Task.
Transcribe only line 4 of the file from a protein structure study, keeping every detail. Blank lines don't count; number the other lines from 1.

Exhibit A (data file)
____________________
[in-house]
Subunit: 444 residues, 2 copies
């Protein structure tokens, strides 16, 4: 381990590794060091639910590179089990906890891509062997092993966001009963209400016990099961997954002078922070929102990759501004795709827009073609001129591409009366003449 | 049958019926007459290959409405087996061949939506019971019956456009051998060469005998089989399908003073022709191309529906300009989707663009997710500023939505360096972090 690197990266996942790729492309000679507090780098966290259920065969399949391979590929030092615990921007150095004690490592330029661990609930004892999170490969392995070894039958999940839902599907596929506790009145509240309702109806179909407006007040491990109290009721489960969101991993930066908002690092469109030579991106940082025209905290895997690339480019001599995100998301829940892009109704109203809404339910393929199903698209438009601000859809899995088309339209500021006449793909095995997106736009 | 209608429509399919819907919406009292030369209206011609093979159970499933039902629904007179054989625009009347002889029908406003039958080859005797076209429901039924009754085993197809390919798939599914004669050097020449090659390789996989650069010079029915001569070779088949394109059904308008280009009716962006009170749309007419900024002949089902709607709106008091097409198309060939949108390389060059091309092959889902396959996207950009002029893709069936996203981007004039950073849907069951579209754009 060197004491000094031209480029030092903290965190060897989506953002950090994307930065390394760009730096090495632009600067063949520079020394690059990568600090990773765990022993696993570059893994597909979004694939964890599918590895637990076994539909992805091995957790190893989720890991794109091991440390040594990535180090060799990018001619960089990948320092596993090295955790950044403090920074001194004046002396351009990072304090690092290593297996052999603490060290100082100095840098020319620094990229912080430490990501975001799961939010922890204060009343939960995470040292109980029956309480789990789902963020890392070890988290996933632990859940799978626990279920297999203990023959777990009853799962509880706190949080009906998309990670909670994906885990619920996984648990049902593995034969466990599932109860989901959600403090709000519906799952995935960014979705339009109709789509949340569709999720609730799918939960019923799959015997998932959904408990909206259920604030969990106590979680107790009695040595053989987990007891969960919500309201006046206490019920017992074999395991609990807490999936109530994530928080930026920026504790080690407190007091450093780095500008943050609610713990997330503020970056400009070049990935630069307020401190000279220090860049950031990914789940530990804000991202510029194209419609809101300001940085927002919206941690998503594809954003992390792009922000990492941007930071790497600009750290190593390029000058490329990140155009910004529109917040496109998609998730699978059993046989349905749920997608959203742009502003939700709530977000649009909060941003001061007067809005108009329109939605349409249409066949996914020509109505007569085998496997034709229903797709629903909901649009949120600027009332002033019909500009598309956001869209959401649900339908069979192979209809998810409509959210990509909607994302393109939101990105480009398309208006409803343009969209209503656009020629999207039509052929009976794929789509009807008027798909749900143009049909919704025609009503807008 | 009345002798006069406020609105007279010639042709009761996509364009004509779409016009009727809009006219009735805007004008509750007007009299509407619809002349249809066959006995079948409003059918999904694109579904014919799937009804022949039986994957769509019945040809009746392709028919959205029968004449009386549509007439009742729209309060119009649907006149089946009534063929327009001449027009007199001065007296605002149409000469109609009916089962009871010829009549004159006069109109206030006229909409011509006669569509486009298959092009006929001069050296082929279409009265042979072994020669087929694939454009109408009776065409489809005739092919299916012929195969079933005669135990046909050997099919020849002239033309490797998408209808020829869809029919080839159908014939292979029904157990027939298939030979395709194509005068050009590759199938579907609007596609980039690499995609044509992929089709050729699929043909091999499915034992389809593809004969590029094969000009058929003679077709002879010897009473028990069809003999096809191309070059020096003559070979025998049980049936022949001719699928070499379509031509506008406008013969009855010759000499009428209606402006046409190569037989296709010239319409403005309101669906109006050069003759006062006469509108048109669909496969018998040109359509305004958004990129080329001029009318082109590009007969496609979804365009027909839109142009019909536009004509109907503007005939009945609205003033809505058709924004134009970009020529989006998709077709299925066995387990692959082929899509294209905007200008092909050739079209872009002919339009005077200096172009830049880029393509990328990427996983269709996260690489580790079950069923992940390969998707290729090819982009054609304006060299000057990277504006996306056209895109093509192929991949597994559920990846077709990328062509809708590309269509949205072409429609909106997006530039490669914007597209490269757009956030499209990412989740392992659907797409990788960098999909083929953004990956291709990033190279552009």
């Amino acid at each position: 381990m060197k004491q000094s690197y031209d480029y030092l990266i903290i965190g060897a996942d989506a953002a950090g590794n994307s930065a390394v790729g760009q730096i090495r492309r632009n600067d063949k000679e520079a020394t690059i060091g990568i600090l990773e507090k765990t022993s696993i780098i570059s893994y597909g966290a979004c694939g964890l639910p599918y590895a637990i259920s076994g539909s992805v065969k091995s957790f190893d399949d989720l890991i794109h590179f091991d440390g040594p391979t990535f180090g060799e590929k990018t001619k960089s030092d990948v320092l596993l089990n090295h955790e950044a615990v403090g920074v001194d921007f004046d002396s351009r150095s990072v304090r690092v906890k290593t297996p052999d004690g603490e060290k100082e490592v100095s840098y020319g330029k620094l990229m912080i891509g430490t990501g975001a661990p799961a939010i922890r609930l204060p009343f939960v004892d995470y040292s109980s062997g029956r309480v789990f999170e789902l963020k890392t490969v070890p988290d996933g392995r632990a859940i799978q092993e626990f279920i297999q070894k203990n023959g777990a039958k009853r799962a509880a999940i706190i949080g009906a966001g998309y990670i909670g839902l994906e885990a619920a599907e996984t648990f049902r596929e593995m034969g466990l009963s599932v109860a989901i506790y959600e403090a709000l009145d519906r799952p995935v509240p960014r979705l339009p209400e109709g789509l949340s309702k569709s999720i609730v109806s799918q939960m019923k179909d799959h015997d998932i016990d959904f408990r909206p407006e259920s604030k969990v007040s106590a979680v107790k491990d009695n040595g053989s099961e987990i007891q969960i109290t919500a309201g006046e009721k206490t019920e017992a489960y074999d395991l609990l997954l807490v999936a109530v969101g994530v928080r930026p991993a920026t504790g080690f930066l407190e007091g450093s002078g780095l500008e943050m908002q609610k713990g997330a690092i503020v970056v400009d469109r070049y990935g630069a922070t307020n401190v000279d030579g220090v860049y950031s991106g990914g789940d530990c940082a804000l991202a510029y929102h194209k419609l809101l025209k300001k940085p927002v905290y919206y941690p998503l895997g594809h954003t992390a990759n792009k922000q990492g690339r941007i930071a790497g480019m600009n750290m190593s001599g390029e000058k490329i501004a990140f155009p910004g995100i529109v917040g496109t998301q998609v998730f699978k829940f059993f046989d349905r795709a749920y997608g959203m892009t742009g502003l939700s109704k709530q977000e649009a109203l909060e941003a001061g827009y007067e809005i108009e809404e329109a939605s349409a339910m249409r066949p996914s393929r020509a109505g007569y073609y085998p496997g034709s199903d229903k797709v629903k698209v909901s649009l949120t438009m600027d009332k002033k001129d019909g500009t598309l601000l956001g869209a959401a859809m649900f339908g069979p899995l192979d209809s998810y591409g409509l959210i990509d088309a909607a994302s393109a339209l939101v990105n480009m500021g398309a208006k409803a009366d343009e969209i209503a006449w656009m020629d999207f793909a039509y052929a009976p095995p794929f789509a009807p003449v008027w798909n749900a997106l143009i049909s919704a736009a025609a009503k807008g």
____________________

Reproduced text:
């Amino acid at each position: 381990m060197k004491q000094s690197y031209d480029y030092l990266i903290i965190g060897a996942d989506a953002a950090g590794n994307s930065a390394v790729g760009q730096i090495r492309r632009n600067d063949k000679e520079a020394t690059i060091g990568i600090l990773e507090k765990t022993s696993i780098i570059s893994y597909g966290a979004c694939g964890l639910p599918y590895a637990i259920s076994g539909s992805v065969k091995s957790f190893d399949d989720l890991i794109h590179f091991d440390g040594p391979t990535f180090g060799e590929k990018t001619k960089s030092d990948v320092l596993l089990n090295h955790e950044a615990v403090g920074v001194d921007f004046d002396s351009r150095s990072v304090r690092v906890k290593t297996p052999d004690g603490e060290k100082e490592v100095s840098y020319g330029k620094l990229m912080i891509g430490t990501g975001a661990p799961a939010i922890r609930l204060p009343f939960v004892d995470y040292s109980s062997g029956r309480v789990f999170e789902l963020k890392t490969v070890p988290d996933g392995r632990a859940i799978q092993e626990f279920i297999q070894k203990n023959g777990a039958k009853r799962a509880a999940i706190i949080g009906a966001g998309y990670i909670g839902l994906e885990a619920a599907e996984t648990f049902r596929e593995m034969g466990l009963s599932v109860a989901i506790y959600e403090a709000l009145d519906r799952p995935v509240p960014r979705l339009p209400e109709g789509l949340s309702k569709s999720i609730v109806s799918q939960m019923k179909d799959h015997d998932i016990d959904f408990r909206p407006e259920s604030k969990v007040s106590a979680v107790k491990d009695n040595g053989s099961e987990i007891q969960i109290t919500a309201g006046e009721k206490t019920e017992a489960y074999d395991l609990l997954l807490v999936a109530v969101g994530v928080r930026p991993a920026t504790g080690f930066l407190e007091g450093s002078g780095l500008e943050m908002q609610k713990g997330a690092i503020v970056v400009d469109r070049y990935g630069a922070t307020n401190v000279d030579g220090v860049y950031s991106g990914g789940d530990c940082a804000l991202a510029y929102h194209k419609l809101l025209k300001k940085p927002v905290y919206y941690p998503l895997g594809h954003t992390a990759n792009k922000q990492g690339r941007i930071a790497g480019m600009n750290m190593s001599g390029e000058k490329i501004a990140f155009p910004g995100i529109v917040g496109t998301q998609v998730f699978k829940f059993f046989d349905r795709a749920y997608g959203m892009t742009g502003l939700s109704k709530q977000e649009a109203l909060e941003a001061g827009y007067e809005i108009e809404e329109a939605s349409a339910m249409r066949p996914s393929r020509a109505g007569y073609y085998p496997g034709s199903d229903k797709v629903k698209v909901s649009l949120t438009m600027d009332k002033k001129d019909g500009t598309l601000l956001g869209a959401a859809m649900f339908g069979p899995l192979d209809s998810y591409g409509l959210i990509d088309a909607a994302s393109a339209l939101v990105n480009m500021g398309a208006k409803a009366d343009e969209i209503a006449w656009m020629d999207f793909a039509y052929a009976p095995p794929f789509a009807p003449v008027w798909n749900a997106l143009i049909s919704a736009a025609a009503k807008g």